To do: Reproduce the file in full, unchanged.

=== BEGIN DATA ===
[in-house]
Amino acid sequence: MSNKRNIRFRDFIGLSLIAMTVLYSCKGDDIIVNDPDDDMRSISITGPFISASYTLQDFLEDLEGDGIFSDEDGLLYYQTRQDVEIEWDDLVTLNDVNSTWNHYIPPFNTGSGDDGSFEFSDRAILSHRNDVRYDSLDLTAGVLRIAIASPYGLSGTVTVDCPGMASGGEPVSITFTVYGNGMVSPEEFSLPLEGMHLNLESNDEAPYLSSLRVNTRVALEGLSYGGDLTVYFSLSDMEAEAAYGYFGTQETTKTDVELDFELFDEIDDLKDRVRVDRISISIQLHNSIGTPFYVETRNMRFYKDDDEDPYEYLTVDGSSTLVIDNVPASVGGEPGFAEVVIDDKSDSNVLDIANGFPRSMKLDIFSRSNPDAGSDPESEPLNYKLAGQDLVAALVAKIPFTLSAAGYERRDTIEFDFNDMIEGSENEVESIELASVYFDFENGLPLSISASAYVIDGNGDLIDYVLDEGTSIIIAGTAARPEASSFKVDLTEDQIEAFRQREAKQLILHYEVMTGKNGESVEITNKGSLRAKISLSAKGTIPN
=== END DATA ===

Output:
[in-house]
Amino acid sequence: MSNKRNIRFRDFIGLSLIAMTVLYSCKGDDIIVNDPDDDMRSISITGPFISASYTLQDFLEDLEGDGIFSDEDGLLYYQTRQDVEIEWDDLVTLNDVNSTWNHYIPPFNTGSGDDGSFEFSDRAILSHRNDVRYDSLDLTAGVLRIAIASPYGLSGTVTVDCPGMASGGEPVSITFTVYGNGMVSPEEFSLPLEGMHLNLESNDEAPYLSSLRVNTRVALEGLSYGGDLTVYFSLSDMEAEAAYGYFGTQETTKTDVELDFELFDEIDDLKDRVRVDRISISIQLHNSIGTPFYVETRNMRFYKDDDEDPYEYLTVDGSSTLVIDNVPASVGGEPGFAEVVIDDKSDSNVLDIANGFPRSMKLDIFSRSNPDAGSDPESEPLNYKLAGQDLVAALVAKIPFTLSAAGYERRDTIEFDFNDMIEGSENEVESIELASVYFDFENGLPLSISASAYVIDGNGDLIDYVLDEGTSIIIAGTAARPEASSFKVDLTEDQIEAFRQREAKQLILHYEVMTGKNGESVEITNKGSLRAKISLSAKGTIPN